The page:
The Government is set to announce a £9bn injection of cash into the rail network as ministers seek to breathe life into the flagging economy.
Transport Secretary Justine Greening will set out tomorrow details of what is being billed as the biggest programme of investment in the railways since the Victorian era.
The plan, covering the period 2014 to 2019, is expected to include electrification projects - such as the completion of the electrification of the Midland Main Line - and the funding to complete ongoing schemes such as Thameslink and the cross-London Crossrail.
Rail campaigners welcomed the prospect of increased investment in the network but warned against massive fare hikes to pay for it.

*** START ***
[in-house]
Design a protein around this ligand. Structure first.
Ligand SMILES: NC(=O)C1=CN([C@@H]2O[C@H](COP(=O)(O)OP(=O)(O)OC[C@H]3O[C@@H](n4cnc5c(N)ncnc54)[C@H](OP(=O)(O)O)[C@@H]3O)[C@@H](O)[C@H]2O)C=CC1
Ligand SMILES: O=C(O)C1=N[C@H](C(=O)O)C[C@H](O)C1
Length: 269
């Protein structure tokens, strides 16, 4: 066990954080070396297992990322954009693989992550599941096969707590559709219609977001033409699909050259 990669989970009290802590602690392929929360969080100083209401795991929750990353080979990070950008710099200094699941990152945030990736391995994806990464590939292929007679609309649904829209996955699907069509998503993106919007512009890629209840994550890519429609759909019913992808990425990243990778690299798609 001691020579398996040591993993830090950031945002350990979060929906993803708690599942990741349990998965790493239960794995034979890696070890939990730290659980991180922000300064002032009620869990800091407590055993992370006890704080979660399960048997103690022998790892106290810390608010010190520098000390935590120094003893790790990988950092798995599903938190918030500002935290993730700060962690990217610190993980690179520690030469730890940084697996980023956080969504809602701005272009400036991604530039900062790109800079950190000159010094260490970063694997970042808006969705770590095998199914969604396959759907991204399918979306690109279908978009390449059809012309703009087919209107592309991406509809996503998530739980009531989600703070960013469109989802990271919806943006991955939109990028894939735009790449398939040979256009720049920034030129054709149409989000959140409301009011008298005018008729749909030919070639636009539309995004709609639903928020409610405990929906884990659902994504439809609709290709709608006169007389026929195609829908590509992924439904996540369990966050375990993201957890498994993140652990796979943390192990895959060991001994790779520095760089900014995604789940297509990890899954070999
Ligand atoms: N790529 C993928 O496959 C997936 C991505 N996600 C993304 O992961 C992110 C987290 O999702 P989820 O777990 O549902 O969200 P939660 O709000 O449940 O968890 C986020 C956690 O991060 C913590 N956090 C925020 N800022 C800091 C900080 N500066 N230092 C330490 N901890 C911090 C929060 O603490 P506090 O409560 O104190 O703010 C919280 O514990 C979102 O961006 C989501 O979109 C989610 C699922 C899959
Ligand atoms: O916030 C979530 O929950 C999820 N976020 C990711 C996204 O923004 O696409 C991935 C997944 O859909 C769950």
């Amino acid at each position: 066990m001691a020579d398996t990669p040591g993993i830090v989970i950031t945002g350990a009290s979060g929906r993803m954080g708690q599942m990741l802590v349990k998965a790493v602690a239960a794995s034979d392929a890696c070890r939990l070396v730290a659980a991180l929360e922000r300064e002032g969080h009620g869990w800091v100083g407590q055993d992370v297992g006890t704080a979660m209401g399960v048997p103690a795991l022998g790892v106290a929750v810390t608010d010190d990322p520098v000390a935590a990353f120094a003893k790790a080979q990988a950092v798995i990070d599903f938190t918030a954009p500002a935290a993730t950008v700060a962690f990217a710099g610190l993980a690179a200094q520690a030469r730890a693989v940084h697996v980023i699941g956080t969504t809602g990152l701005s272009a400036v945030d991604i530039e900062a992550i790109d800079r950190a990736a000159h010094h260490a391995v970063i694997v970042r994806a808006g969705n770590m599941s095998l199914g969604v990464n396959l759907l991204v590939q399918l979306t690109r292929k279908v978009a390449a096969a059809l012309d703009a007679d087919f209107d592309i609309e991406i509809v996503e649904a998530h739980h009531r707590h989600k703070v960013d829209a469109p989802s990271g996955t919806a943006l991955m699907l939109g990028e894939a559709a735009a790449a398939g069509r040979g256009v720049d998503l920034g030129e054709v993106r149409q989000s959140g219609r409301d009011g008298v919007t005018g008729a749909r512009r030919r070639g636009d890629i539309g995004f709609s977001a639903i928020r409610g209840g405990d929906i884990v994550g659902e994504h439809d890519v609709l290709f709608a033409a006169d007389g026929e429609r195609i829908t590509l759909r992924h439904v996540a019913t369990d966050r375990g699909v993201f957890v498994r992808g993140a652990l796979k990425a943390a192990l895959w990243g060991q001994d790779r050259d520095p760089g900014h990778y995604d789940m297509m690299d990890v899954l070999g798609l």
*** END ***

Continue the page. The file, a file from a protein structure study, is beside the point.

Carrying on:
Among the projects which could benefit are:
- Electrification of the lines from London to Bristol and Cardiff, and from Manchester to Liverpool, Blackpool and Leeds.
- The Northern Hub: A series of projects around Manchester that improve northern rail capacity so as to get more and faster trains across the north of England;
- New rail electrification, including the Midland Main Line from Bedford to Sheffield, and possibly the local lines in the Welsh Valleys.
- Upgrades to the East Coast Line from London to Leeds and Newcastle;
- A possible reopening of the east-west link from Oxford and Aylesbury to Milton Keynes;
- Upgraded stations and reinstating tracks and platforms removed in the past;
- Funds to finish Crossrail and Thameslink;
The Campaign for Better Transport said yesterday: “While we welcome more investment in rail, massive fares increases shouldn’t be used to pay for it.”
This January the annual increase in regulated fares, which include season tickets, was limited to RPI inflation plus 1 per cent, based on the RPI figure for July 2011.
Shadow transport secretary Maria Eagle said the investment would only come through after the next general election in 2015.
“It is rail investment now, not post-dated cheques, that will deliver jobs and growth,” she said.